Table 1: Bioactivity tests with TDA and TDA analogues.

Compounda Staphylococcus aureus 8325 Vibrio anguillarum 90-11-287
  MIC/mg L−1 MIC/μM MIC/mg L−1 MIC/μM
1 7.8 39 3.9 19
10a inactive   125 600
10b 125 700 125 700
11a inactive   125 600
12a 125 600 125 600
12b 125 700 125 700
13 3.9 26 1.0 6.5
20 inactive   inactive  
21 125 430 125 430
22 inactive   inactive  
23 inactive   inactive  
24 inactive   125 720
25 7.8 45 15.6 89
26 inactive   inactive  
27 62.5 370 46.9 280
28 62.5 570 31.3 280
29 62.5 570 31.3 570

aMICs were determined using the microdilution method according to guidelines of the Clinical and Laboratory Standards Institute [21]. Compounds with MICs > 125 mg L−1 were regarded as inactive.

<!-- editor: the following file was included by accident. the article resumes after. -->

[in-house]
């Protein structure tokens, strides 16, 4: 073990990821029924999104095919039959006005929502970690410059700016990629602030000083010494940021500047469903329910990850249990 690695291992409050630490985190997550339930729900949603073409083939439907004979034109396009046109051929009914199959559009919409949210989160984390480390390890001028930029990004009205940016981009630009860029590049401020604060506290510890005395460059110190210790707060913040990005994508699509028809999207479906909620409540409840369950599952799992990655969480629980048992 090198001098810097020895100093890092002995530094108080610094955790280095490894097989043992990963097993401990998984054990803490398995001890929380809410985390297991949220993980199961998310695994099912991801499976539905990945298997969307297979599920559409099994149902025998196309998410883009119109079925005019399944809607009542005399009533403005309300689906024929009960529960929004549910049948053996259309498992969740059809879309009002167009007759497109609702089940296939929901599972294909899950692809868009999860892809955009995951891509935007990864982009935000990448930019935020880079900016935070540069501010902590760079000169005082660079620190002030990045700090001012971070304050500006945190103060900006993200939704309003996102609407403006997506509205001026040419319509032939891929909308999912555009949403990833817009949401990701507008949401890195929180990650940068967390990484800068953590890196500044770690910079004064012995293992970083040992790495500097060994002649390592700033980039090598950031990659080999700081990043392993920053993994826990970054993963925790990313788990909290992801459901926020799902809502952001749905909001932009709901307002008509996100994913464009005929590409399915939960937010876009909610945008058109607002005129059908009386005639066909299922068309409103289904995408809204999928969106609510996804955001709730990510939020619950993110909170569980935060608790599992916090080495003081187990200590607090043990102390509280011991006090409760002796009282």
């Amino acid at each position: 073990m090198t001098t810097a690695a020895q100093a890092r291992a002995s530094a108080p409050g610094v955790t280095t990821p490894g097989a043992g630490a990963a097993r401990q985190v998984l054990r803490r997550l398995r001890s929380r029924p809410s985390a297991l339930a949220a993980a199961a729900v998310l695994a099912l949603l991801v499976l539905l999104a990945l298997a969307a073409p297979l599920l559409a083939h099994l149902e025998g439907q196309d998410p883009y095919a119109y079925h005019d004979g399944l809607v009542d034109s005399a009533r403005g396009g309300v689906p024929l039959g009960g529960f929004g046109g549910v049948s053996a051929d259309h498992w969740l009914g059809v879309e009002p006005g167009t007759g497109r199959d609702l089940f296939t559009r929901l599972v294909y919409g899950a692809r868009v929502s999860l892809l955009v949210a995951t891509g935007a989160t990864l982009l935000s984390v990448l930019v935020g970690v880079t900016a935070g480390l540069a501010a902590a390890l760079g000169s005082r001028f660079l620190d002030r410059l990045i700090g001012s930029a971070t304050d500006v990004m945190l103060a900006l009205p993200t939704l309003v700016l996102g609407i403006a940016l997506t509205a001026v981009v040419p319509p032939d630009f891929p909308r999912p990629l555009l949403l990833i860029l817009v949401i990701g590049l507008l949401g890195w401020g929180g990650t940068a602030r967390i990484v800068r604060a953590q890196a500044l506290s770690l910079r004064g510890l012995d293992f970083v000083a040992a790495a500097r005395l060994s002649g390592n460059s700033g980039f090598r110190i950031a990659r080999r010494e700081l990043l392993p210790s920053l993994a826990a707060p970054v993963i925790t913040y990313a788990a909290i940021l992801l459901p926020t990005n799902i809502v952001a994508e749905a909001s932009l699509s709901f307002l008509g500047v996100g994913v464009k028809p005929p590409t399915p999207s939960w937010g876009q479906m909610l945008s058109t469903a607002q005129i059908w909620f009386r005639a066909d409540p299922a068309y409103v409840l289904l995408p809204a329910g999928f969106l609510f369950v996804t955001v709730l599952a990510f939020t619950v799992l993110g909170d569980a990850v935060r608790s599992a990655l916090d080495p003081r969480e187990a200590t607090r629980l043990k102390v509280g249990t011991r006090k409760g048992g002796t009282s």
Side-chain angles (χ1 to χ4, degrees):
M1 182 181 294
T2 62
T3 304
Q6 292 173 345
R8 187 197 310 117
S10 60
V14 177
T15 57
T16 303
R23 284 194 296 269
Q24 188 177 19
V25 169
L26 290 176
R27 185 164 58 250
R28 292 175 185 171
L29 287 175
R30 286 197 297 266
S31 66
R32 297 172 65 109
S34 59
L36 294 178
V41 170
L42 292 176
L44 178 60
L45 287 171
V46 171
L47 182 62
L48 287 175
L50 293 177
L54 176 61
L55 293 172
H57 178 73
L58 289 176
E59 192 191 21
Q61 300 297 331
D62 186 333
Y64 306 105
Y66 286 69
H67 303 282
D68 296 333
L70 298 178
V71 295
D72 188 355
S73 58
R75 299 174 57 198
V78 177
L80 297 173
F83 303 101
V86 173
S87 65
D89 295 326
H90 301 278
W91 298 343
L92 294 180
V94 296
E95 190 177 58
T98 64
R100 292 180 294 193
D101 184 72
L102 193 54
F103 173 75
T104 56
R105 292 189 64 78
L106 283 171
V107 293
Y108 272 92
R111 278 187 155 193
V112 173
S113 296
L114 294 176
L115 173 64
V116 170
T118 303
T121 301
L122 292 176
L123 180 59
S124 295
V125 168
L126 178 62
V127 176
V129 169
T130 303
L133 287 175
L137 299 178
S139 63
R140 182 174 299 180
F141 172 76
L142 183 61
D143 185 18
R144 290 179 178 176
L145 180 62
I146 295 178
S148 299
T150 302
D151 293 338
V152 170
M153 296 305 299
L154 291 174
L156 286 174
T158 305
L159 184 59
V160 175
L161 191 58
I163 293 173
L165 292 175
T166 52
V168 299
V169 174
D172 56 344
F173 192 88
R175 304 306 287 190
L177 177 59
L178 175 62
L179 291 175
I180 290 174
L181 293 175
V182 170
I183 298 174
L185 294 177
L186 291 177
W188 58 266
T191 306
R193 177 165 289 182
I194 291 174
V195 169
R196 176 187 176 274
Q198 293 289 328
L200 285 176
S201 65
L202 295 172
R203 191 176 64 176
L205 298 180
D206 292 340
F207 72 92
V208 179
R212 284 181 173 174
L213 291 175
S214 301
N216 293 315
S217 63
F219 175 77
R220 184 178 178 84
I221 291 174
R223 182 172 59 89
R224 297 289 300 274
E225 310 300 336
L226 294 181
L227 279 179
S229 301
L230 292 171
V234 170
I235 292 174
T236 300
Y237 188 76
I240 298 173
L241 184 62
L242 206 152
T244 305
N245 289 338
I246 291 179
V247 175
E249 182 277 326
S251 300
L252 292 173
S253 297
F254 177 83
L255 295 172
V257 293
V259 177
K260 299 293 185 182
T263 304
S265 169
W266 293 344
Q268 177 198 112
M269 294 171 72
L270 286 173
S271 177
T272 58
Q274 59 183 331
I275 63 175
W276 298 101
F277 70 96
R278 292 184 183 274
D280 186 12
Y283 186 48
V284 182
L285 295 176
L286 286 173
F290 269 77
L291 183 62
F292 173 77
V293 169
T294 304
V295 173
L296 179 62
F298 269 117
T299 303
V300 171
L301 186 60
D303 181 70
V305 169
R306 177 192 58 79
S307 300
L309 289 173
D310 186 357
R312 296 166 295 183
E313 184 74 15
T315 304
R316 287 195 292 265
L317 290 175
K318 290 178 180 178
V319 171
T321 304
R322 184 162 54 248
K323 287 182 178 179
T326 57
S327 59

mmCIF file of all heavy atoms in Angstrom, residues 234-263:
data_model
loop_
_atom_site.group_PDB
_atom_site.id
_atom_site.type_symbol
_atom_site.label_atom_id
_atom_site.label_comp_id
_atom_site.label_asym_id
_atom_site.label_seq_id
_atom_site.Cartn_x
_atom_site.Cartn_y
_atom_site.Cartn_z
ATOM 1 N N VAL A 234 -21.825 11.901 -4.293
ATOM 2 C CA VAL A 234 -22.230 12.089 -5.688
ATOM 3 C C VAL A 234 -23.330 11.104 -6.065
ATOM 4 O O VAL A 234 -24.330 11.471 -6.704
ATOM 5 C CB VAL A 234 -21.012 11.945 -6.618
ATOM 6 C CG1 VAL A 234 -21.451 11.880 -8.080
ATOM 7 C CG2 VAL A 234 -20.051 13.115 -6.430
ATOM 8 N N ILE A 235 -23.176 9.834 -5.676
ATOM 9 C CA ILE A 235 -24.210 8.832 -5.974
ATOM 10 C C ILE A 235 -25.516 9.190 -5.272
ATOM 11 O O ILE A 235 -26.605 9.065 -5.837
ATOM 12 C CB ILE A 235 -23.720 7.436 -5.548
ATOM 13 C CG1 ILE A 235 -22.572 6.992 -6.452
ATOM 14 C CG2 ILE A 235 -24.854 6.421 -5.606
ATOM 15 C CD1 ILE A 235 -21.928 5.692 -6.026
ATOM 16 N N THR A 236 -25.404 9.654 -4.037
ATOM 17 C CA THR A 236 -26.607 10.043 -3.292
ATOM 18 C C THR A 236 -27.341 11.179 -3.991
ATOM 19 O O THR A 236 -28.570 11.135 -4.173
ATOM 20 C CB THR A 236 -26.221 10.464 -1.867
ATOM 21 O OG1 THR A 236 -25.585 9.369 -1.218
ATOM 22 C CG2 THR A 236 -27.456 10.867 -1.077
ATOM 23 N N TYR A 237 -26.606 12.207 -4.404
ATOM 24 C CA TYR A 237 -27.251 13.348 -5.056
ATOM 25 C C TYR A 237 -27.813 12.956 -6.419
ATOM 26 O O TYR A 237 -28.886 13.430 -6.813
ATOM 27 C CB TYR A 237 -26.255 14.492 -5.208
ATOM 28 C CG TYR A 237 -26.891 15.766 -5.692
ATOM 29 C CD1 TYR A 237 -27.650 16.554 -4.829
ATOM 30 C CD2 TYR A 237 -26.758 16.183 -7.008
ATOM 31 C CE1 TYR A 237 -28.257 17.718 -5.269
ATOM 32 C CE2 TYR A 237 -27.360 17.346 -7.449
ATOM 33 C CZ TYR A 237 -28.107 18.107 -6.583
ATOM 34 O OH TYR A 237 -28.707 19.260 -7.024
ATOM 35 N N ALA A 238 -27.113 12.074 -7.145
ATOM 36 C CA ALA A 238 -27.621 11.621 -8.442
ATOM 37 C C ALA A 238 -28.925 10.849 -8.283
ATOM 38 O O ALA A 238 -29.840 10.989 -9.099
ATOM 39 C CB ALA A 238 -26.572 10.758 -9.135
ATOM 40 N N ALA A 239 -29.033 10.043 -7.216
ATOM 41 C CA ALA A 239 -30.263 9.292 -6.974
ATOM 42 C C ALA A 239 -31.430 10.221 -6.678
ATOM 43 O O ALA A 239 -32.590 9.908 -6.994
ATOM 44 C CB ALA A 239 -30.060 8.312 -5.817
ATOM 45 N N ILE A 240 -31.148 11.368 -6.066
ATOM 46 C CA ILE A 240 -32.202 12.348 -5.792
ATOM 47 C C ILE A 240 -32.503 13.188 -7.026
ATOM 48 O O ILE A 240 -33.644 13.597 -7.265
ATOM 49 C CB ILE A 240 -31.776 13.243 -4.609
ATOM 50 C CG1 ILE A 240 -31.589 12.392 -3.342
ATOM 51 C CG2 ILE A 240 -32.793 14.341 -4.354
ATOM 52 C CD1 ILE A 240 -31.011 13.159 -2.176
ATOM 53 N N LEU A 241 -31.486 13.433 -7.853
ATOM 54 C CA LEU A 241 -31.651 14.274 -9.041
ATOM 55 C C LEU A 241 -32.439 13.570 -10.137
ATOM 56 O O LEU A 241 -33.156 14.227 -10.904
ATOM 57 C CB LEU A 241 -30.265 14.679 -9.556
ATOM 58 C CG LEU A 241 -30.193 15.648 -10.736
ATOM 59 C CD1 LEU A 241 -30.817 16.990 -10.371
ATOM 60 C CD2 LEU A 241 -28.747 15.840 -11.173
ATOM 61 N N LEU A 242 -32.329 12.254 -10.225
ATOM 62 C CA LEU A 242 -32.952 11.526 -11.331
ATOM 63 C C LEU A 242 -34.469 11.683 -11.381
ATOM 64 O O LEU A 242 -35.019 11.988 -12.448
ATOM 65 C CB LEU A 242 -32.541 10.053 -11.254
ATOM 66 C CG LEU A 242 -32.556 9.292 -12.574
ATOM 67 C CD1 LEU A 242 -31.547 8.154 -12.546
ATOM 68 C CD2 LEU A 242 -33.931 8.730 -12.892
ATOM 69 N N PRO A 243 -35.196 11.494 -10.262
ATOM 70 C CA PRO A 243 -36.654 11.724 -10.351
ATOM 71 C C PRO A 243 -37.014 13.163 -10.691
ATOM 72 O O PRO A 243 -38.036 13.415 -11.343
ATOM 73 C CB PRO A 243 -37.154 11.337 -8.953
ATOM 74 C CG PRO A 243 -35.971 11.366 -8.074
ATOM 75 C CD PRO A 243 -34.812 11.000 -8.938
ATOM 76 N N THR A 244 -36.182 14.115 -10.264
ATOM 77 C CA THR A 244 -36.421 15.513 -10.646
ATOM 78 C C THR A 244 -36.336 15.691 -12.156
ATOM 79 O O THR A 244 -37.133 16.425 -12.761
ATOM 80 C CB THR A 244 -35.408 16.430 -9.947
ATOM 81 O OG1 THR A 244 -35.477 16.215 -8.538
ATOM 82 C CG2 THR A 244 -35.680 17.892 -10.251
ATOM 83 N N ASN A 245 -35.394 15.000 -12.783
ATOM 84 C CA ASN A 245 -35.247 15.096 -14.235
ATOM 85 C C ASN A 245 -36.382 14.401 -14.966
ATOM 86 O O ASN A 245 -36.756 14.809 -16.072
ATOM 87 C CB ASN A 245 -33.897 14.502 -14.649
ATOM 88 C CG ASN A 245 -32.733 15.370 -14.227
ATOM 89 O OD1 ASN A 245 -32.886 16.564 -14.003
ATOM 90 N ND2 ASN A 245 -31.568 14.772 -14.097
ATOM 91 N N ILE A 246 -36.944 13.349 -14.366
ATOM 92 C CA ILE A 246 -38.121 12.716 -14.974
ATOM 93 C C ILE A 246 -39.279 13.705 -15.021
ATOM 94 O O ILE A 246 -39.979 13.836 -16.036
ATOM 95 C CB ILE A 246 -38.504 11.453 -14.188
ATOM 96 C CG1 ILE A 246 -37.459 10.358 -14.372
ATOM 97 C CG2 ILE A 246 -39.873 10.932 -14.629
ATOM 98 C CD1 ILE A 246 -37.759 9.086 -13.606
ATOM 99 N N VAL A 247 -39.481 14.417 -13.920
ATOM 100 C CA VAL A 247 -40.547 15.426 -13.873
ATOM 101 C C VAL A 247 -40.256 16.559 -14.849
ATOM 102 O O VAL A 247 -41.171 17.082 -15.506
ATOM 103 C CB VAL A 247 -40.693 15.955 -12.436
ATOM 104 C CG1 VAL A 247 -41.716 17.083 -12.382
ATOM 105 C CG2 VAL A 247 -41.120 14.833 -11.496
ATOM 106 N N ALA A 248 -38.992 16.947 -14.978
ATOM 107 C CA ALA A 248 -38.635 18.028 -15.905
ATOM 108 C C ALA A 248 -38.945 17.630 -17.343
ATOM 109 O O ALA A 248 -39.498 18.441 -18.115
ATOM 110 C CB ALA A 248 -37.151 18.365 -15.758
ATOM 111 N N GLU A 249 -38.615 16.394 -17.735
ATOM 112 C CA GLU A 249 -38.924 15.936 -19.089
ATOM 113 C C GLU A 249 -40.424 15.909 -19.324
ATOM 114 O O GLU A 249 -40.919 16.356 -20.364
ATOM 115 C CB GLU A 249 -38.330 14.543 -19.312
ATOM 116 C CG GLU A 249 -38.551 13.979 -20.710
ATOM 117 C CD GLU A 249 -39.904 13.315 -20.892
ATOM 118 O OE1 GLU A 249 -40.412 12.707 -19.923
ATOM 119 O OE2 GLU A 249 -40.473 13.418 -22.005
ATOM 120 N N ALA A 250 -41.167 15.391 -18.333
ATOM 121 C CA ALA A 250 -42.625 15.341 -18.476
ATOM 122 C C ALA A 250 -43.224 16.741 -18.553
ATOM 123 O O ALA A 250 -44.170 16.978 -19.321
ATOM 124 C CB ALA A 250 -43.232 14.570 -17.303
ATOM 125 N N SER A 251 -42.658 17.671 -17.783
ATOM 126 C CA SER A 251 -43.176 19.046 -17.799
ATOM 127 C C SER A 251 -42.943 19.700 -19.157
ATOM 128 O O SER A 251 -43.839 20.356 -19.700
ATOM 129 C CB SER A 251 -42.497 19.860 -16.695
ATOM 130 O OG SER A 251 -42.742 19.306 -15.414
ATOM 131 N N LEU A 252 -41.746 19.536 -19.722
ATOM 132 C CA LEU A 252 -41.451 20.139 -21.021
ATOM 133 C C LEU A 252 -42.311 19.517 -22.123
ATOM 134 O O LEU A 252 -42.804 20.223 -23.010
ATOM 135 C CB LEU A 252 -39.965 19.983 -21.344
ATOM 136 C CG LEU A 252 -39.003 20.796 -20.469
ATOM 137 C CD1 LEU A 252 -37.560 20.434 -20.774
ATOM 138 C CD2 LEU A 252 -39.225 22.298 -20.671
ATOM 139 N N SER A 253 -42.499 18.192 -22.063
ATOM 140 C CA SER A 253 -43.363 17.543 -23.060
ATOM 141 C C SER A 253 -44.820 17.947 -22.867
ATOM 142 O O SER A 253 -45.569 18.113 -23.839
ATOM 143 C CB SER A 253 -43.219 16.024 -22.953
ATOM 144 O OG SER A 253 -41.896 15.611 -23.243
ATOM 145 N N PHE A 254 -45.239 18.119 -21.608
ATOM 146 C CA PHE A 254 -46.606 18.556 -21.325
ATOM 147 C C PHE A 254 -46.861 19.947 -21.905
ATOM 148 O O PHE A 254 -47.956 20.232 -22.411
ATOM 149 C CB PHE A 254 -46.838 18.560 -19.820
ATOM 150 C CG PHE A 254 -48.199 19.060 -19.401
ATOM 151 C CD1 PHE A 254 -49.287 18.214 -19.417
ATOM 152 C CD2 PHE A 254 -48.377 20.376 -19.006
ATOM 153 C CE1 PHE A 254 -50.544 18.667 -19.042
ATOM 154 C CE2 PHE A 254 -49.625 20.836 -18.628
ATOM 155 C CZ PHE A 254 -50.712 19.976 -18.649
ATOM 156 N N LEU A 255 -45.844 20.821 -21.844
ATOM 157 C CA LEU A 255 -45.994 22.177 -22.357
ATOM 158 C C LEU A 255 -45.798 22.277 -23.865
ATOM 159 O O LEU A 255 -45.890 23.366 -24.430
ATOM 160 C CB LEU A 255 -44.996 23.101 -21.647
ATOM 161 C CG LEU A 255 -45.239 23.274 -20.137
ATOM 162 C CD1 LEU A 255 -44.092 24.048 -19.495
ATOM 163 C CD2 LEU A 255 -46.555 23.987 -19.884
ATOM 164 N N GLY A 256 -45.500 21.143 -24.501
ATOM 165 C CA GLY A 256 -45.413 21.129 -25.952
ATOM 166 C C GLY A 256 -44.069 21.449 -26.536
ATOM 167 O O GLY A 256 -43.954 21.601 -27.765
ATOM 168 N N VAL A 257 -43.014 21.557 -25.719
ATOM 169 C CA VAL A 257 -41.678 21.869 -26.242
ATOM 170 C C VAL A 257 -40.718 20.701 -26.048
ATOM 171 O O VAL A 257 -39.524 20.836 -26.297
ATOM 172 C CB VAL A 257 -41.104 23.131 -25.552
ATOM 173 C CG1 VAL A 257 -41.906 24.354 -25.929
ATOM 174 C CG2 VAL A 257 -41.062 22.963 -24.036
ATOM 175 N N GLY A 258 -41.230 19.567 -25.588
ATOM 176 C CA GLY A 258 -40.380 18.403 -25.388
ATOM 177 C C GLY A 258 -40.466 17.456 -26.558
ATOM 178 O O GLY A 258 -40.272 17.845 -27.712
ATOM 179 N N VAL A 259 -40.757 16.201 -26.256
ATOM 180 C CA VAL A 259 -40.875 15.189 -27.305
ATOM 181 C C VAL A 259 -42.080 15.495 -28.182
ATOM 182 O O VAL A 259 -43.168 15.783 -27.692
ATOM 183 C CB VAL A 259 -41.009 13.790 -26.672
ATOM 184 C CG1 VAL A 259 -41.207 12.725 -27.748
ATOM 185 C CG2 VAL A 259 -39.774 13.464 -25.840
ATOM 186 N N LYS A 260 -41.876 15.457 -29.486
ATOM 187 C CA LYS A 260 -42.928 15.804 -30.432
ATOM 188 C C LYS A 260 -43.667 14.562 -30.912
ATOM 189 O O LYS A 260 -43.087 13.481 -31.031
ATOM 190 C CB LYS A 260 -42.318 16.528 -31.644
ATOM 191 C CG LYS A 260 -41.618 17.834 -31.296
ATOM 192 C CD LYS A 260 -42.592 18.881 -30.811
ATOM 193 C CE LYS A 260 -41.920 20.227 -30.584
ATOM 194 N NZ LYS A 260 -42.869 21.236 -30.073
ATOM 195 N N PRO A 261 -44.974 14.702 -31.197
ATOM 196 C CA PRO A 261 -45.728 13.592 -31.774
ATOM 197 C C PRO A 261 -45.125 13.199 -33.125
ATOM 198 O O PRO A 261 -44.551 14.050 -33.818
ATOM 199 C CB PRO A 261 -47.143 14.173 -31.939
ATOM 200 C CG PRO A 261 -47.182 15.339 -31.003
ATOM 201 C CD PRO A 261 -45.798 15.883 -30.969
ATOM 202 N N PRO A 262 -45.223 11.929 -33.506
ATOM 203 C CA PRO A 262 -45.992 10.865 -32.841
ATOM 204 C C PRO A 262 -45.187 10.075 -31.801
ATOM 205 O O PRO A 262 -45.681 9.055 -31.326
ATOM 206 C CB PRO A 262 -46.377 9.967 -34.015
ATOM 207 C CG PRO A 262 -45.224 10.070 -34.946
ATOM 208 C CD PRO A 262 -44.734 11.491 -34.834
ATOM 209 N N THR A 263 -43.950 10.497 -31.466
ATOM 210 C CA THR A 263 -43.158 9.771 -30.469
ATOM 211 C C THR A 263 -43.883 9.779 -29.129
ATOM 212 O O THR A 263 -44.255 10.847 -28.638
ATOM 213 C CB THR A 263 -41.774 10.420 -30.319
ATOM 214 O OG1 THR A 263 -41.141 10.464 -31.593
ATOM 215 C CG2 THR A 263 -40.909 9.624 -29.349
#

Most of the compounds tested had minimal inhibitory concentrations (MICs) exceeding that of TDA, however, two compounds were of equal or even better antibiotic activity. Compound 25 was as effective, and tropone-2-carboxylic acid (13), closely resembling the structure of TDA, but lacking its sulfur atoms, was even more effective with a MIC corresponding to half the MIC of TDA (MIC against S. aureus was 26 μM versus 39 μM, while the MIC against V. anguillarum was 6.5 μM versus 19 μM). This indicates that the dithiet moiety of TDA is not essential for the direct antibacterial effect of the compound, and may have other physiological or ecological functions. This result is particularly surprising, because the coenzyme A ester of 13 is an intermediate along the biosynthetic pathway to TDA, so the question arises what may have been the evolutionary advantages of extending the biosynthetic pathway from the coenzyme A ester of 13 to TDA by the introduction of two sulfur atoms. A possible answer may be that TDA has more or other targets than 13 which may have the consequence that the development of resistances against TDA is prevented, thus offering an evolutionary advantage.